It may feel vulnerable to admit that you don’t know how to do something. Maybe it feels safer to just get someone else to do it for you, rather than opening yourself up to being teased, or facing the chance of failure.

Just because you’re not in school anymore doesn’t mean you’ve lost the ability to learn new things. Instead of “I don’t know how to do that,” try telling yourself “I’d like to learn how to do that.”

There are so many great ways available to us to learn new things these days.

Do some research online. Even my mom can find how-to videos on YouTube.

Ask for guidance at your local hardware store. (Intimidated by the hardware store? Stay tuned for more on that topic coming soon!)

Ask a handy friend for advice or help. I do this all the time! Just because it’s a DIY project, that doesn’t mean you have to do it all by yourself.

Ask me. I’d love to help you out. Drop me a line, or join our Facebook community and post your question there. No judgement, just friendly advice.

Start Small & Give DIY a Try

If you’re new to DIY, I wouldn’t jump in with a major kitchen remodel as your first project. Instead, pick a few small tasks that need to be done around the house, and tackle those.

Maybe you can figure out how to hang that picture that’s been leaning against the wall since you moved in. Or, patch up some old nail holes in the drywall.

Fix a hole in drywall
Pick an easy DIY project, like patching a hole in the drywall, to get started and build your DIY confidence.

Not only will you finally get some of those lingering tasks crossed off your to-do list, you’ll feel successful. These smaller accomplishments will build your confidence and help you develop your skills, so you can gradually take on bigger projects.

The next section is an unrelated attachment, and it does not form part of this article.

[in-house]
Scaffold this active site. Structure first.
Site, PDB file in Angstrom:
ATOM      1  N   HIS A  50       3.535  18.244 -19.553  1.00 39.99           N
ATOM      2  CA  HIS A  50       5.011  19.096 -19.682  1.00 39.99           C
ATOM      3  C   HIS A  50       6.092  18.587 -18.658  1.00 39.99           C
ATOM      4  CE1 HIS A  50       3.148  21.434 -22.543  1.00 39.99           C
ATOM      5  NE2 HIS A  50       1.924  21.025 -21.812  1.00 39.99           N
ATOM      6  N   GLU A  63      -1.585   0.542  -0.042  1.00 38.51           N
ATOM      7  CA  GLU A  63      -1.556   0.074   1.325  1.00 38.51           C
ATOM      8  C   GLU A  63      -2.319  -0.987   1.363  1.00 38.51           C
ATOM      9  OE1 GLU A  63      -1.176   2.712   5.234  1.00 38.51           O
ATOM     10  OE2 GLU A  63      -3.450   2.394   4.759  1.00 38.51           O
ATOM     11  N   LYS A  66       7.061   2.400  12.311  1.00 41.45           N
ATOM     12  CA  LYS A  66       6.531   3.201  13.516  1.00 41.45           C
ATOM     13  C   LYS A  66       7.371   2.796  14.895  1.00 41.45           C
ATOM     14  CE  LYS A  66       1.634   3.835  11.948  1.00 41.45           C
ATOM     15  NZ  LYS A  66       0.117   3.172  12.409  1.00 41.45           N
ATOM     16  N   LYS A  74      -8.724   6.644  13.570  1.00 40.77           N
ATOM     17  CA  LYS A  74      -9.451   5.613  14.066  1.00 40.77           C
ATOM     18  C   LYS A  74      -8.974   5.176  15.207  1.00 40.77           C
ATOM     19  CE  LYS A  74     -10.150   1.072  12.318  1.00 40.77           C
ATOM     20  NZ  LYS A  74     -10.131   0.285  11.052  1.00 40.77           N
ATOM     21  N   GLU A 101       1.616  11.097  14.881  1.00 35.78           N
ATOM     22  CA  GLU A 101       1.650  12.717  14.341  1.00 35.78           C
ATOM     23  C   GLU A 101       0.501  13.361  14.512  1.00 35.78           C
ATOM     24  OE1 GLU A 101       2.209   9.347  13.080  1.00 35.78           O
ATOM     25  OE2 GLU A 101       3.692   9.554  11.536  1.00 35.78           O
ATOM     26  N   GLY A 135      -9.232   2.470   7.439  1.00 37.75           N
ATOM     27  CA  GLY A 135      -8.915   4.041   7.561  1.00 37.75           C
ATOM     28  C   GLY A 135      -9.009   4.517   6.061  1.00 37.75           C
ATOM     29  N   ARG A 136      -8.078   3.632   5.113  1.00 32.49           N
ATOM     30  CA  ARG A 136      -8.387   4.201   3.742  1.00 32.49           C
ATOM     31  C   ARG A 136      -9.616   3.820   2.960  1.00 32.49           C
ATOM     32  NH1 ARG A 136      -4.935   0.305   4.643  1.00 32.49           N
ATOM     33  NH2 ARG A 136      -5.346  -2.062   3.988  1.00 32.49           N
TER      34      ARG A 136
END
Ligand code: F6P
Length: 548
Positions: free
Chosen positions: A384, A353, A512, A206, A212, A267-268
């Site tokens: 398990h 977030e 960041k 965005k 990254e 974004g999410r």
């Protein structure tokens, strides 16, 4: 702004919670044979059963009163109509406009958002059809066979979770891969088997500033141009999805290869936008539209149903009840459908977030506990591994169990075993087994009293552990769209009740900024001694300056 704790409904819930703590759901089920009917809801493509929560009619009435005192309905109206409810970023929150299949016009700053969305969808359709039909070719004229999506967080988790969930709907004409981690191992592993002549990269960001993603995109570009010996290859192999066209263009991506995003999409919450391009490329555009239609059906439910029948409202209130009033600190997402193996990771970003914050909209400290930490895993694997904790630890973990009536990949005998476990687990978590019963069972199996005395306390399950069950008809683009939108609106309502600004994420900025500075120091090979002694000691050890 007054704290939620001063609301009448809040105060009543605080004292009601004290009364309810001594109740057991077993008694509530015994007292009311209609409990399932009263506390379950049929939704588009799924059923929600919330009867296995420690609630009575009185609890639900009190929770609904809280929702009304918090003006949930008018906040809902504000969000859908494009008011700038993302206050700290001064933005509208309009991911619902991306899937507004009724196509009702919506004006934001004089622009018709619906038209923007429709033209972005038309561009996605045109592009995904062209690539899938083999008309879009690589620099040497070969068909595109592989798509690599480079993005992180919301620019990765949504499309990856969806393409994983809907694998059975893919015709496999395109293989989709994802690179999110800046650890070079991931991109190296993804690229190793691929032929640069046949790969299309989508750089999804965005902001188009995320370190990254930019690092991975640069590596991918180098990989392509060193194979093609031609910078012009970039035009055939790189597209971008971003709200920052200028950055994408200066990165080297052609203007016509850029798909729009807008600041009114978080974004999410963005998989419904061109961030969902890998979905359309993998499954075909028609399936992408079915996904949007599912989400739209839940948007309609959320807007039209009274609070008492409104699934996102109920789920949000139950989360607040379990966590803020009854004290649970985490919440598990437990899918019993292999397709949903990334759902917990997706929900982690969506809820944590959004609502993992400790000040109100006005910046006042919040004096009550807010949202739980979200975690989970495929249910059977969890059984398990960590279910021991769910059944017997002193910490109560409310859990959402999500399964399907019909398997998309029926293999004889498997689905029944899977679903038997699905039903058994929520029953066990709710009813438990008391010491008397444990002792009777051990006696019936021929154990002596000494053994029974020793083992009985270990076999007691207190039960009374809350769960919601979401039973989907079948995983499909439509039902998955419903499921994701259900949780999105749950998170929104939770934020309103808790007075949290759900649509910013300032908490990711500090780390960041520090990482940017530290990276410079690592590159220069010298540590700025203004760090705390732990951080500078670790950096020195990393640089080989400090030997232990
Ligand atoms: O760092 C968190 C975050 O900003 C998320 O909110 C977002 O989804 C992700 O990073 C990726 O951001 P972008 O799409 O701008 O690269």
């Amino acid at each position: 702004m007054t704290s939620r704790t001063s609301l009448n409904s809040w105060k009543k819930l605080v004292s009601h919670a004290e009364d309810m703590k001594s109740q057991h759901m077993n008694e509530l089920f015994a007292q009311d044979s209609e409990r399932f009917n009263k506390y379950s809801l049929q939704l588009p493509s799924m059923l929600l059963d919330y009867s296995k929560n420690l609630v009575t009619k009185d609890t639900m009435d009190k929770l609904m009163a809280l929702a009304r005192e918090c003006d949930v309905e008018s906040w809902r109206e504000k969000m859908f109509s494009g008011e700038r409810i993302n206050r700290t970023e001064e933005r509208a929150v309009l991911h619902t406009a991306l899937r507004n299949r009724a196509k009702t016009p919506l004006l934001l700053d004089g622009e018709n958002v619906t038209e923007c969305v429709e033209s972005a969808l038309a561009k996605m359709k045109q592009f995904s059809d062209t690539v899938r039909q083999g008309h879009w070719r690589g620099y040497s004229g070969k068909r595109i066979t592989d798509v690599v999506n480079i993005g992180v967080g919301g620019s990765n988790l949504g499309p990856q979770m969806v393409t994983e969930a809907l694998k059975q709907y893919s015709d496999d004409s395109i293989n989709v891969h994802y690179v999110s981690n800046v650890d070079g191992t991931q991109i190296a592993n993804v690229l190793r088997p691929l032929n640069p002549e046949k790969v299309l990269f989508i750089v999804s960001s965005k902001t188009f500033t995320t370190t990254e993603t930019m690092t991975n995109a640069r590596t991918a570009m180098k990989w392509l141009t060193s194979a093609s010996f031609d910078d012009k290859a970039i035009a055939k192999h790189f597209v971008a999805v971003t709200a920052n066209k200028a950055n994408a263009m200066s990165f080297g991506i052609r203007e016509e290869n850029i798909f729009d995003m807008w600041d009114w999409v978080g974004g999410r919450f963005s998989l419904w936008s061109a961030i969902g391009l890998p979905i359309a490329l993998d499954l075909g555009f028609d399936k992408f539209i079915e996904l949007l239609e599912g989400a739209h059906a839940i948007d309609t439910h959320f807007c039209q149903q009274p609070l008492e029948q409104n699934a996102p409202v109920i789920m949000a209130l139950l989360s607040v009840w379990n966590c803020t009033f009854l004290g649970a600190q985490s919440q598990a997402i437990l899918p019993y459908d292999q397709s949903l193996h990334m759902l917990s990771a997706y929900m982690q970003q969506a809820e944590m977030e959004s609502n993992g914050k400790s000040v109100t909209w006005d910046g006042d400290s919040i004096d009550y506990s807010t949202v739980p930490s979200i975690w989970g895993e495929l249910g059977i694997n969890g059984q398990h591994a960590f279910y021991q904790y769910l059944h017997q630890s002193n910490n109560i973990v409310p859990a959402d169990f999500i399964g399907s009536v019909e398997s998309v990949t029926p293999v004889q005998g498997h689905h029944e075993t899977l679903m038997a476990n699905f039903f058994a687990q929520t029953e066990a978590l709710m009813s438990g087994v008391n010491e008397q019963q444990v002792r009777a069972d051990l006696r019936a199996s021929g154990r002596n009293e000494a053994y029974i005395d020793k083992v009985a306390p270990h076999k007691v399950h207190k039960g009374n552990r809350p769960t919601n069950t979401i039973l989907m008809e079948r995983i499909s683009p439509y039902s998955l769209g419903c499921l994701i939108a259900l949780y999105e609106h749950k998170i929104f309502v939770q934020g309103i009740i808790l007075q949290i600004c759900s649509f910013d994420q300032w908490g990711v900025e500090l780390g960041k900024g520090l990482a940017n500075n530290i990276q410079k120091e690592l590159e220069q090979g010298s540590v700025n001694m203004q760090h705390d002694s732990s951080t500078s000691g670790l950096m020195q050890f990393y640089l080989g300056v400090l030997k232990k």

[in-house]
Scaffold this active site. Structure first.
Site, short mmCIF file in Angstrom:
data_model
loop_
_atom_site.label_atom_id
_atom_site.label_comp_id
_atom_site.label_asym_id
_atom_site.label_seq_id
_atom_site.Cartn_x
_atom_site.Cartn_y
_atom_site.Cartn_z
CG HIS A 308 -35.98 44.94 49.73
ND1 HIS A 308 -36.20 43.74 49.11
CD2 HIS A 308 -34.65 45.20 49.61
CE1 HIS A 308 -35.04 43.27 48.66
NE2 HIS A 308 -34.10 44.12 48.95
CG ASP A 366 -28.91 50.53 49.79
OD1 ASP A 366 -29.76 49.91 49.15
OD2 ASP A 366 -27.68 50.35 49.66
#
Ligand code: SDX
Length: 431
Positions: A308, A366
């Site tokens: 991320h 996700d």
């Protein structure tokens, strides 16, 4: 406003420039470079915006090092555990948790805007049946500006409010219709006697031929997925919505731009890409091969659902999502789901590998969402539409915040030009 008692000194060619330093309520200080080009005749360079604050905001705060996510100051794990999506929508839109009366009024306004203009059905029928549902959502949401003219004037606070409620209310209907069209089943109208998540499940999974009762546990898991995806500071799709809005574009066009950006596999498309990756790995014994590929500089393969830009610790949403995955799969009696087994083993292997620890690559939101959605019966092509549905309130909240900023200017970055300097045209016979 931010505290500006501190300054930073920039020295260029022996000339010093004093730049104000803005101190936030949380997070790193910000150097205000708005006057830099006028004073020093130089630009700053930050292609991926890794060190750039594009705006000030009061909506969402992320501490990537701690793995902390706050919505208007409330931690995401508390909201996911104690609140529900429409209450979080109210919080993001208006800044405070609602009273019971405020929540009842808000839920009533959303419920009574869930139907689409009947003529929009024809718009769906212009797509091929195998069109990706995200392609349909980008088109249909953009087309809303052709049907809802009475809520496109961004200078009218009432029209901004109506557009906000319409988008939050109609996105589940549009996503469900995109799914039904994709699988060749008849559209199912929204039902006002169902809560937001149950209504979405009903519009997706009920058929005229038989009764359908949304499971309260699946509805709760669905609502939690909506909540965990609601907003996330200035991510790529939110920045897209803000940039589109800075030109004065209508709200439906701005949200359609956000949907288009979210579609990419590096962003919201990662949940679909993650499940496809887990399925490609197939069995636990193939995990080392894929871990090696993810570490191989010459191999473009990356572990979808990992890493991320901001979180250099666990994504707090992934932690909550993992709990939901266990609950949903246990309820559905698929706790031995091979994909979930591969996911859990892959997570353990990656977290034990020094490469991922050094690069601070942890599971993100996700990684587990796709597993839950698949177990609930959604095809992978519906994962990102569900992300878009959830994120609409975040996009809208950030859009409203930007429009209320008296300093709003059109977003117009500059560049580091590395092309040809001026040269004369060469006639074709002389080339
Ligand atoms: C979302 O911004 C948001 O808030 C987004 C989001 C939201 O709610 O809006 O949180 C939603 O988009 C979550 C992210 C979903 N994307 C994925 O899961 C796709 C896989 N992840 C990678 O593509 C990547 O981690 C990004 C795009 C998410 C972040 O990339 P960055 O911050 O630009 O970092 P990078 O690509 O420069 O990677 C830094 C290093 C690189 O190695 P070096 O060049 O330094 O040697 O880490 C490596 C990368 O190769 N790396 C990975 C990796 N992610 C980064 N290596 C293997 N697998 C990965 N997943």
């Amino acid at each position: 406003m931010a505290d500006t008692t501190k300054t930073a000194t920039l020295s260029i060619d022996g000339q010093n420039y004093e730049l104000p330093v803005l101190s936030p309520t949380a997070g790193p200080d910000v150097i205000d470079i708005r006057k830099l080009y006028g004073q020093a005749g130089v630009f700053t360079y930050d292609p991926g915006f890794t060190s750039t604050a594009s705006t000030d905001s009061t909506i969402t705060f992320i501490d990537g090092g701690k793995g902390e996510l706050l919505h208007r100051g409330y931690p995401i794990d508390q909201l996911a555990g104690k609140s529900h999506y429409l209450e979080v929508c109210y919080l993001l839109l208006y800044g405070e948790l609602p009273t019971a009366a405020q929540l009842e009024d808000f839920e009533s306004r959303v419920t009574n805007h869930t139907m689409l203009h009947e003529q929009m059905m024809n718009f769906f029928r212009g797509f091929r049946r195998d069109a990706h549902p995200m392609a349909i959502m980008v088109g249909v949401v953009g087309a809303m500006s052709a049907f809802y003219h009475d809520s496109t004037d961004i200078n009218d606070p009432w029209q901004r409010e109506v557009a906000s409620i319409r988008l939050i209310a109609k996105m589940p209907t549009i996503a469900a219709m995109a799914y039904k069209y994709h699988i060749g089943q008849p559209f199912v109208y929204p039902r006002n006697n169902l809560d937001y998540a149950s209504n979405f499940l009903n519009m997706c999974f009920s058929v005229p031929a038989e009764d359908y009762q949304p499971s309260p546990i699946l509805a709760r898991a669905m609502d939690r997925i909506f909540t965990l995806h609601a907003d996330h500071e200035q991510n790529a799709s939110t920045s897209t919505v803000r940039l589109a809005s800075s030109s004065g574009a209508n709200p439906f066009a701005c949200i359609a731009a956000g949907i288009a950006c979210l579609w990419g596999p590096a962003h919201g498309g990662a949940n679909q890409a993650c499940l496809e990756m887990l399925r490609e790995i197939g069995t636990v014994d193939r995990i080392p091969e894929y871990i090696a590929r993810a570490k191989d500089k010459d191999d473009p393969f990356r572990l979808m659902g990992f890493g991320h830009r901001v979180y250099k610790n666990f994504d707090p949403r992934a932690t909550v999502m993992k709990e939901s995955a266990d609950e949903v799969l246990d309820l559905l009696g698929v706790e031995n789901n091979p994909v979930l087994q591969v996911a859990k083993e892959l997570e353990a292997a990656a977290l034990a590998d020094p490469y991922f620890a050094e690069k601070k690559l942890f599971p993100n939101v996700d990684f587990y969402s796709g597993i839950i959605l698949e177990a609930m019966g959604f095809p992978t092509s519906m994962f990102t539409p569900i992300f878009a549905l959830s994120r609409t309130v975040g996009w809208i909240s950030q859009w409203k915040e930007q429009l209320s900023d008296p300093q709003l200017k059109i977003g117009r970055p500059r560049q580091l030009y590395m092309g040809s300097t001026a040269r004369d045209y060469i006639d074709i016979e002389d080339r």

For tackling some of the basic projects around the house, pick up your free copy of our beginners DIY guide, You Can Do This: Five DIY Tasks Every Single Girl Should Know How to Do.

DIY Beginner's Guide

Share Your Success

You have what it takes. With each new project you accomplish, you will build your DIY confidence.

Inspire us all by sharing in the comments about the DIY challenge that you are most proud of conquering. Or, share your best tips that will help empower others.

Because you don’t need someone else to do it for you!

Build DIY confidence Empowerment through DIY

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2 Comments on Build Your DIY Confidence: Empowerment Through DIY

  1. When I bought my house, my Ex said it was a tear-down disaster and a colossal waste of money. The first thing I tackled was the literally broken in half toilet. I watched a video on both the Lowes and Home Depot sites. I bought a toilet that I got to pick, tore out the broken one myself, and spent a whole afternoon installing a new one. My biggest triumph was that it was level! However, I did take a slight assist from my plumber to get the screws tight enough, but otherwise, did that job myself. Since then, I have also torn out and installed a new surround in the tub, by myself. It’s not always pretty, or perfect, but it’s mine, my peace, my sanity and my home.

    • What an inspiring story, Janet! You don’t let anyone tell you what you can or cannot do. You have the strength and the courage to make your home your own true sanctuary.